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  1. Tom Calgary. Alberta Index 3.1 Current set Srixon z765 Modus3 Tour 120 stiff.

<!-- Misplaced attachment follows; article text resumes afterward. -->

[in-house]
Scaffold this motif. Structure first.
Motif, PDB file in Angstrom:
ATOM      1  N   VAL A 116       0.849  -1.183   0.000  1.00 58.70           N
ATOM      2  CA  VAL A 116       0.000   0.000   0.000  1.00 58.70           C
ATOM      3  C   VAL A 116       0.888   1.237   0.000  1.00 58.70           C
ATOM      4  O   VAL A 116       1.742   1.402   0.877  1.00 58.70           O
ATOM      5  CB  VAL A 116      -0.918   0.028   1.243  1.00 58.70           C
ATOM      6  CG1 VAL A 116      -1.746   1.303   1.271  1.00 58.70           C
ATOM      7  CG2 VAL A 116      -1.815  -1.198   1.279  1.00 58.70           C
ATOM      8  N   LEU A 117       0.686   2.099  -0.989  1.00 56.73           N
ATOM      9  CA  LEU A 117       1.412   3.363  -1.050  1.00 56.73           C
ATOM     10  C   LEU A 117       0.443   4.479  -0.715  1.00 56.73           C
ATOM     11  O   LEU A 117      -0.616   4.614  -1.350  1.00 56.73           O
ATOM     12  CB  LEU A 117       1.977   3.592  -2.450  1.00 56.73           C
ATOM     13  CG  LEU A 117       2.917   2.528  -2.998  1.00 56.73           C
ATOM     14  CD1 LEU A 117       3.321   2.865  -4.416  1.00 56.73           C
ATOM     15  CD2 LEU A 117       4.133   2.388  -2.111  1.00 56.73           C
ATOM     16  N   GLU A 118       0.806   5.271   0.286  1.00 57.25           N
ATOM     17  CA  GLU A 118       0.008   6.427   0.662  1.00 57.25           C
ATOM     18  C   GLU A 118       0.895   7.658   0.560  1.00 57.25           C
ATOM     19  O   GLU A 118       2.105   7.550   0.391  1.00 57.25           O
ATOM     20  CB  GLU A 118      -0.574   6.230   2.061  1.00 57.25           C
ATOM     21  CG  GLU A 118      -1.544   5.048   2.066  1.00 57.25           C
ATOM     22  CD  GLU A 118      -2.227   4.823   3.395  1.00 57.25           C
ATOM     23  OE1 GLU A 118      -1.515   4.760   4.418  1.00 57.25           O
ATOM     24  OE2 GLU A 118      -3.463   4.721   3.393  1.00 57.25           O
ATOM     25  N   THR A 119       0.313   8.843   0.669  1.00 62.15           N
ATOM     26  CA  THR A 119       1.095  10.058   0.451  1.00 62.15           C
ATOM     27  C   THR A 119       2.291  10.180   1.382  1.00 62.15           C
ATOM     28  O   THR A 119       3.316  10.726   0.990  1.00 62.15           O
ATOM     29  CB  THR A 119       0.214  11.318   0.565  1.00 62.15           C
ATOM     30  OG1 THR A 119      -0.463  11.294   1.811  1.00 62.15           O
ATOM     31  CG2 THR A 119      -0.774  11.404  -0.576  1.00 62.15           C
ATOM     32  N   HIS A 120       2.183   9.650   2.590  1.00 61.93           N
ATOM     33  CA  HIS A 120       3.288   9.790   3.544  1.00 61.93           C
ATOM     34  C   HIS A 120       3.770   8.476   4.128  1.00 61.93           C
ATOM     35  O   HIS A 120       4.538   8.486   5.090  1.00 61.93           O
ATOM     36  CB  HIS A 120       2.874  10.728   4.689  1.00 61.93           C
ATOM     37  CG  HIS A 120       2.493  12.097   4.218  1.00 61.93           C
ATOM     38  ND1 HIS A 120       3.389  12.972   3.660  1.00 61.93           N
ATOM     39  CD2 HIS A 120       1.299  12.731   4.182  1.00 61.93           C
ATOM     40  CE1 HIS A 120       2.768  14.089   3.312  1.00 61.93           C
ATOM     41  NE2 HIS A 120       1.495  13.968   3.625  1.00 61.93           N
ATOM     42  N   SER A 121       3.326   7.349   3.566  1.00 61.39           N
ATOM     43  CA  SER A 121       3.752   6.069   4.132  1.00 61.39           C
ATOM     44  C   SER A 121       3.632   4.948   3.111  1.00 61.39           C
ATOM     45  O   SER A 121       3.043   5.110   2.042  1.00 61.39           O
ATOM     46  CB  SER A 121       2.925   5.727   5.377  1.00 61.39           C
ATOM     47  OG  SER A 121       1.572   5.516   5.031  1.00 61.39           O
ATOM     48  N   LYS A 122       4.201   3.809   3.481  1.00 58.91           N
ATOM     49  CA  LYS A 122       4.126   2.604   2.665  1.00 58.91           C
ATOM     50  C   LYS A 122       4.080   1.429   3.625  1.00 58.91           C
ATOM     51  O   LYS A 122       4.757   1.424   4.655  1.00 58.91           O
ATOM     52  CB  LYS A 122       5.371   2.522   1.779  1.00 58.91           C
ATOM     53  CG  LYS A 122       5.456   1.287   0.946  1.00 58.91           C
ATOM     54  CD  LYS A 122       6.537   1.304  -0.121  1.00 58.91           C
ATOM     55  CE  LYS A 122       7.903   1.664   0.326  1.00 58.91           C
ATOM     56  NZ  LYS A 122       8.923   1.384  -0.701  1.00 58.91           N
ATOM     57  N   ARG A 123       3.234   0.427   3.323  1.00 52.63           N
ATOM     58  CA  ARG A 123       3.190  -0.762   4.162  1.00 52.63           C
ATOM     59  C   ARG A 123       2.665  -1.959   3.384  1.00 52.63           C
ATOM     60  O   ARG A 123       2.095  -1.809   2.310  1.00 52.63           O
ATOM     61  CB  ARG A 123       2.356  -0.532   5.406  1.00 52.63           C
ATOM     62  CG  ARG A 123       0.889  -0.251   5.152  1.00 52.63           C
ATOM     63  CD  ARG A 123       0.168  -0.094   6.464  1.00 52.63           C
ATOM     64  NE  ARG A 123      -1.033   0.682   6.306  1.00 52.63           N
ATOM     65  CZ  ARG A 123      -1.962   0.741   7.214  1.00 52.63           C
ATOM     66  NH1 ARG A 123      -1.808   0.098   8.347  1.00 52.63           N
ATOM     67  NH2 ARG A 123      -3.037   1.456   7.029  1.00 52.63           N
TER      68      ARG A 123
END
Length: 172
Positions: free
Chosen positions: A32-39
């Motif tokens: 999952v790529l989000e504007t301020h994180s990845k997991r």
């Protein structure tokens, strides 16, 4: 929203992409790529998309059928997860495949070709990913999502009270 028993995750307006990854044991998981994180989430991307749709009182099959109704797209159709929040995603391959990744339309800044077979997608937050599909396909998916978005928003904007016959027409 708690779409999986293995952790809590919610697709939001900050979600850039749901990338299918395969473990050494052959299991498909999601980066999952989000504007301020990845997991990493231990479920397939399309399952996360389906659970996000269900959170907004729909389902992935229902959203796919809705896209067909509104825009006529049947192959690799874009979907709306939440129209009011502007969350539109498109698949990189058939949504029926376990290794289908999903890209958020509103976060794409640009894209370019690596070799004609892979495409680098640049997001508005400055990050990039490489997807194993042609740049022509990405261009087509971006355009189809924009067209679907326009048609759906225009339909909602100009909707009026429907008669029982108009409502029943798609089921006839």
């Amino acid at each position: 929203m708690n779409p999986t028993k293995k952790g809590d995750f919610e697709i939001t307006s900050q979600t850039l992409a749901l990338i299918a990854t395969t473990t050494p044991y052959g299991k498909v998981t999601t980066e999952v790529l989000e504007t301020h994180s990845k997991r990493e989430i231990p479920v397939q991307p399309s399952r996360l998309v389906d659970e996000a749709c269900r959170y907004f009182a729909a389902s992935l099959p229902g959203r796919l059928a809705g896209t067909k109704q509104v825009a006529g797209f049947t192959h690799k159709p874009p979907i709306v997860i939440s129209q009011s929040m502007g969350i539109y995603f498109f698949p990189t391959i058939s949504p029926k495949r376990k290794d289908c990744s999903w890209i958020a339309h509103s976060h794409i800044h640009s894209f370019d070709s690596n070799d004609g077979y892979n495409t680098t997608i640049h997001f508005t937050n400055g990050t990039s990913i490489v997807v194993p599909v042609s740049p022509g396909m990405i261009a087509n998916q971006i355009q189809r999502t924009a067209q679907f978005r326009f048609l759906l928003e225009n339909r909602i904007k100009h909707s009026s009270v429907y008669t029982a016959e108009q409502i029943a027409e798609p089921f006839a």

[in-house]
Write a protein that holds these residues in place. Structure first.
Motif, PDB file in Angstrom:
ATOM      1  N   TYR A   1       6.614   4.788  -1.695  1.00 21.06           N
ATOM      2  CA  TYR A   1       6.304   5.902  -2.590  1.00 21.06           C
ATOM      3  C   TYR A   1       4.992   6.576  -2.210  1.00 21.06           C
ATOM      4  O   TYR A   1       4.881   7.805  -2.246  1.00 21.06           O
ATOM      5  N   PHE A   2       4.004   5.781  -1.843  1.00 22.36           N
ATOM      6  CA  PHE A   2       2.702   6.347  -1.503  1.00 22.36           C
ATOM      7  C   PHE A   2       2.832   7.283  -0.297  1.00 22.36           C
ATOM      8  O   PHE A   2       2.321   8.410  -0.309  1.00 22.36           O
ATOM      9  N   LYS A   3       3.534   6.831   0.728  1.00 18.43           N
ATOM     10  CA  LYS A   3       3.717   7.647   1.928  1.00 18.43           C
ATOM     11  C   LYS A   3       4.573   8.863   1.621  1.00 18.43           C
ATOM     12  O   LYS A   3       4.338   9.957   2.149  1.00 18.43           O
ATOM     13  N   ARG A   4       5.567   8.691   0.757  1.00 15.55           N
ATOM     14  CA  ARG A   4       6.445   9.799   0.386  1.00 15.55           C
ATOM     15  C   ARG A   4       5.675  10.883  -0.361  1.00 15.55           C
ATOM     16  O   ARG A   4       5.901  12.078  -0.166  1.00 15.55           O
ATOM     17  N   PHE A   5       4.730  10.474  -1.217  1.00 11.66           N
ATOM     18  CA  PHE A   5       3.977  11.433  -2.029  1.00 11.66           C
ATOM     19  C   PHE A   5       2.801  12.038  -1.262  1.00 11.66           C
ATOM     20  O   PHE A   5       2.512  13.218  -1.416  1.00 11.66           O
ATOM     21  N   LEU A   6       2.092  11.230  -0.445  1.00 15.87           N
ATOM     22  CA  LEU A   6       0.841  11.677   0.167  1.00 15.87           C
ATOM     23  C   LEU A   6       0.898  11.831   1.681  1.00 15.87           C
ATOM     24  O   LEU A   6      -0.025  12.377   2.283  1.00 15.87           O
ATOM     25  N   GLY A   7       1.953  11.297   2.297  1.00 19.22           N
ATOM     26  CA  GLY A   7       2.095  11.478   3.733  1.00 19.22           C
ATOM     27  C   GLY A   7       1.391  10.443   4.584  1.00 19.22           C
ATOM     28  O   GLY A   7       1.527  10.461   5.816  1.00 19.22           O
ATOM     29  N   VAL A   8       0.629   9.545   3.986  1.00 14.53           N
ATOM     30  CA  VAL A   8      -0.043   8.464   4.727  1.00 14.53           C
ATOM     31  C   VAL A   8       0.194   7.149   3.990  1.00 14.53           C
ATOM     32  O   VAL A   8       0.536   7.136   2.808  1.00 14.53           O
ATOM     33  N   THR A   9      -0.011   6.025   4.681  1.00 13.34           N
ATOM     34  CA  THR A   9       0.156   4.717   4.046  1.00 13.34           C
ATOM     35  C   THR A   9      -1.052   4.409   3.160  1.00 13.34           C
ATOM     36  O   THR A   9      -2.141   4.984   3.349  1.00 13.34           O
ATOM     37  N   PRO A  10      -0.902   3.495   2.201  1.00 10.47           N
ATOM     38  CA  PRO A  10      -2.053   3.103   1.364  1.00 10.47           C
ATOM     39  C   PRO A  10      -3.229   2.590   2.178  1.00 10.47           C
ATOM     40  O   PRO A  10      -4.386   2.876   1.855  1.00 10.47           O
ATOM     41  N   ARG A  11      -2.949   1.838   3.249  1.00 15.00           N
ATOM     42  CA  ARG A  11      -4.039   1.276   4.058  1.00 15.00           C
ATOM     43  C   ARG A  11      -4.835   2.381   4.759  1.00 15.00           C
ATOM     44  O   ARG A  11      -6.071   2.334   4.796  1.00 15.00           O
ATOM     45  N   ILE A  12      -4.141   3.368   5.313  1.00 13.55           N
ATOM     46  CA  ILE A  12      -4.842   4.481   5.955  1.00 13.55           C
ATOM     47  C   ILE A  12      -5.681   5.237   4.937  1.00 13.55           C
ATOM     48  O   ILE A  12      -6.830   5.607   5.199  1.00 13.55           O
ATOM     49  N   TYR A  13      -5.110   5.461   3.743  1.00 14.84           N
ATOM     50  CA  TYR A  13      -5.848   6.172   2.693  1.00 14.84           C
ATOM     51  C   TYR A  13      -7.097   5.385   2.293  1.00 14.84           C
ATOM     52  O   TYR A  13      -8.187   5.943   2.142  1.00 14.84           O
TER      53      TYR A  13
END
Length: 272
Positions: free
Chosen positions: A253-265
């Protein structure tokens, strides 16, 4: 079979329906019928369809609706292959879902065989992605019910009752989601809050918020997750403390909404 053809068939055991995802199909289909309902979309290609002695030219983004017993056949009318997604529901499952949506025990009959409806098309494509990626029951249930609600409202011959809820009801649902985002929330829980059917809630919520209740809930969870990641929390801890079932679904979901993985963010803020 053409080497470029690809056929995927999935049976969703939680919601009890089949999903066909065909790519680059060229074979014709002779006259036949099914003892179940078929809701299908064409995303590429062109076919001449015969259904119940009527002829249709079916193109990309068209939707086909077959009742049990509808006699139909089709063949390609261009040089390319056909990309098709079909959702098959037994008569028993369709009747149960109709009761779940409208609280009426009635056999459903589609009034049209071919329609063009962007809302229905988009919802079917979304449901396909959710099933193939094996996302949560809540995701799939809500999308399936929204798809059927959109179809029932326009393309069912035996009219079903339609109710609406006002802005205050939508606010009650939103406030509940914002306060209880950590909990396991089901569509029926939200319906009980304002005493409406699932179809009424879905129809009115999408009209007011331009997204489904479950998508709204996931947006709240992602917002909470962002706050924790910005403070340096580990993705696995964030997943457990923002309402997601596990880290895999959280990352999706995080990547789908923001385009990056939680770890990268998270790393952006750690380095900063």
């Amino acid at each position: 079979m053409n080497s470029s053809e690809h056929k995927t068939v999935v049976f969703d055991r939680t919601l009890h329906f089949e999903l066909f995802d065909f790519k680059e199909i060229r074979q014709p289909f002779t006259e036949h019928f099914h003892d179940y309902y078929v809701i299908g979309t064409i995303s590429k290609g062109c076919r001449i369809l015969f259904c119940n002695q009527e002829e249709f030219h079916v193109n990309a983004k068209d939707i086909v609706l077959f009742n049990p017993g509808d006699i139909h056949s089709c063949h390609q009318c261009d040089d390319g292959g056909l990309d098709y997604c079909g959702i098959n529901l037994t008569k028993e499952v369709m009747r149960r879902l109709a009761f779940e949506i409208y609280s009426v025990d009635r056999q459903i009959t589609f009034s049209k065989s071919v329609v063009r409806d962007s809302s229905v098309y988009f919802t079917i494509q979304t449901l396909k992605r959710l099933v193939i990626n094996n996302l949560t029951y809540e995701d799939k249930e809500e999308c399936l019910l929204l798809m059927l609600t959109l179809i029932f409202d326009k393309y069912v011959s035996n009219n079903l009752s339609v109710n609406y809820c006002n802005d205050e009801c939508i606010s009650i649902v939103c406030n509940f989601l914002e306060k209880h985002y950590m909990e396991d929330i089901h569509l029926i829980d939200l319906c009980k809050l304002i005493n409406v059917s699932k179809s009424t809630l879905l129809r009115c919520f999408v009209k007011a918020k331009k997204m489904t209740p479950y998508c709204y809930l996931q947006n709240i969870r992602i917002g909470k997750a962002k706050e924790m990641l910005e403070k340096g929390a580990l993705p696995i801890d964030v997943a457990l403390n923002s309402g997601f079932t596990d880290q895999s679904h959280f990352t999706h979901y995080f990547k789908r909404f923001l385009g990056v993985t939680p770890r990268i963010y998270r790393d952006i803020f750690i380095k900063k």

2. Had the good fortune to participate in a Scotland golf trip last year. Rotation was as follows: 36 at Muirfield; 18 at Gullane; 18 at Tain; 36 at Castle Stuart; 36 at Royal Dornoch; 18 at Nairn; 18 at Cruden Bay; 18 at Royal Aberdeen; 36 at Trump International; 18 at Carnoustie; 18 at Kingsbarns; 18 at St Andrews (Old Course). Some thoughts: Muirfield: One of the most unique and wonderful golf experiences of my life. Knew going in that if we wanted to have lunch in the clubhouse we had to bring jacket and tie. It was completely worth it and I would recommend it to anyone. Played 18 in the morning and then in to the locker where we put on our Sunday best for lunch. Clubhouse was steeped in history (apparently Churchill spent time there strategizing during WWII) and we were fortunate enough to be taken under the wing of one of the members who I struck up a conversation with while having a pint in the Smoking Room. He made us feel truly welcome. Afternoon is alternate shot only at Muirfield, a pleasant quirk which was did not detract from the experience one bit after having already played 18 in the morning. Muirfield is a must play. Gullane: A little gem just down the road from Muirfield. It was being prepared for the Scottish Open that year and was a real surprise. Lots of elevation changes and by about the 6 or 7th hole you are up pretty high and have wonderful views of the Firth of Forth. Tain: History and its connections to Old Tom Morris were why it was chosen. It was quaint. But if I'm honest it was probably the weakest track of the bunch. We stayed in North Berwick at the Marine Hotel overlooking North Berwick GC and missed out on playing it. If I had it to do all over again I would've swapped out Tain for North Berwick. Castle Stuart: Fun. One of my favourites. Breathtaking layout and views, with some great elevated holes particularly on the back nine. While challenging, it is probably the most playable course of the entire rotation. It has something for everyone. Fantastic clubhouse with great staff. Doesn't have the history or patina like Royal Dornoch or Royal Aberdeen but somehow this didn't detract from the experience in the same way that it did at courses like Trump International and Kingsbarns (see below). Can't conceive of going back to Scotland to golf and not playing this course again. Royal Dornoch: Constant topic of debate in our group was whether Royal Dornoch was better than Royal County Down (previous trip to Northern Ireland). Almost came to blows. The debate still rages. Royal Dornoch is a must play. Consensus of our group was that it was the best course in the rotation by a considerable margin. A trip to Scotland without playing Royal Dornoch is a missed opportunity. Nairn: Charming course. Lovely clubhouse and staff who were kind enough to show us the club's archive room. Fascinating collection of record books and turn of the century golf paraphernalia. But the course itself paled in comparison to the others. Cruden Bay: Fantastic course with some really interesting hole layouts around holes 8-15 with everything from blind shots to elevation changes and interesting routing though/around several berns. Played in the morning with it bitterly cold and the wind really blowing. Felt like a bit of a death march at first but by the 3rd hole (one of the best par 3's of the entire trip) we were in the groove and could start looking around at more than just the tips of our shoes. Can't help but feel like if we played this course with nicer weather it would've been higher in our rankings. Royal Aberdeen: Feels like the course that Trump International desperately wants to be (see below) . Absolute stunner of a layout with one of the best opening holes (starting at the clubhouse out towards the ocean) of the entire trip. Clubhouse was fantastic with one of the best ambiances of any on the trip. A must play. Trump International: Wanted to hate this course, but I just couldn't. Unlike most links courses, each hole is like a separate room in a house. The massive dunes cocoon you so that the hole that you a playing is the only one that you can see. Each hole is like its own amphitheatre. It is staggering the lengths that have been gone to to create this track although ultimately it feels like links-Disney. Accordingly the very attributes that make it so impressive are likely the same ones that will leave certain links-golf purists cold. Can't escape the feeling that if anyone other than Trump had a hand in its construction it would be a far more popular destination. Walked 36 which the staff informed us was almost never done (there is a considerable distance between many holes). If i were to do it again I would cart the second round if I was playing the next day. Carnoustie: I can't believe I am about to type this, but Carnoustie was a disappointment. Perhaps it fell victim to high expectations as I was really looking forward to playing it, given all of the history, however it left me non-plussed. Clubhouse is an architectural abomination (looks like an aquatic centre plunked in the middle of a field) and should be razed immediately. Kingsbarns: Views were so perfect they didn't look real, almost to the point of distraction as I kept trying to take pictures of every hole. Ranked very high on everyone's lists (mine included) but it has a fundamentally different atmosphere than courses like Royal Dornoch, Royal Aberdeen and the Old Course. It has all of the constituent elements of a classic, but without any of the history that makes you feel like you are walking on hallowed ground. Should be a stunner in 200 years or so. Best men's locker-room (top-floor with ocean views) I've ever seen. Old Course: We didn't have a tee time as booking a round for 12 guys was a logistical nightmare not to mention an astronomical price-tag. We were staying in the Old Course Hotel the evening after our final morning round at Kingsbarns and as soon as we checked into our room (overlooking the Road Hole), my playing partner and I concluded that if we didn't at least try to walk on, we would regret it forever. Anyways, long story short the two of us broke away from our main group and rocked up to the the starter with our bags on our backs and our fingers crossed. Starter was great guy who informed us that a twosome was moments way from teeing off and that the other two spots in that group were the last available of the day. Slapped down the plastic quick (approx 75 pounds including pullcart - how's that for a deal) and raced out to the first tee where we were met by a lovely husband and wife (who were members) who could not have been more gracious and welcoming. Playing the course amongst the grandstands set up for the Open Championship later that summer was the pinnacle of my golfing life (parred the Road Hole). Anyways, top tip: if you can't book the Old Course, try walking on. If there are 2 of you or less and you go in the afternoon, you have a good chance of getting on and for far less than of you were to book in advance. Hope the foregoing is useful when selecting courses in Scotland. P.S. Most courses do not have driving ranges. I packed an Orange Whip swing trainer, which proved invaluable as a means of warming up before teeing off.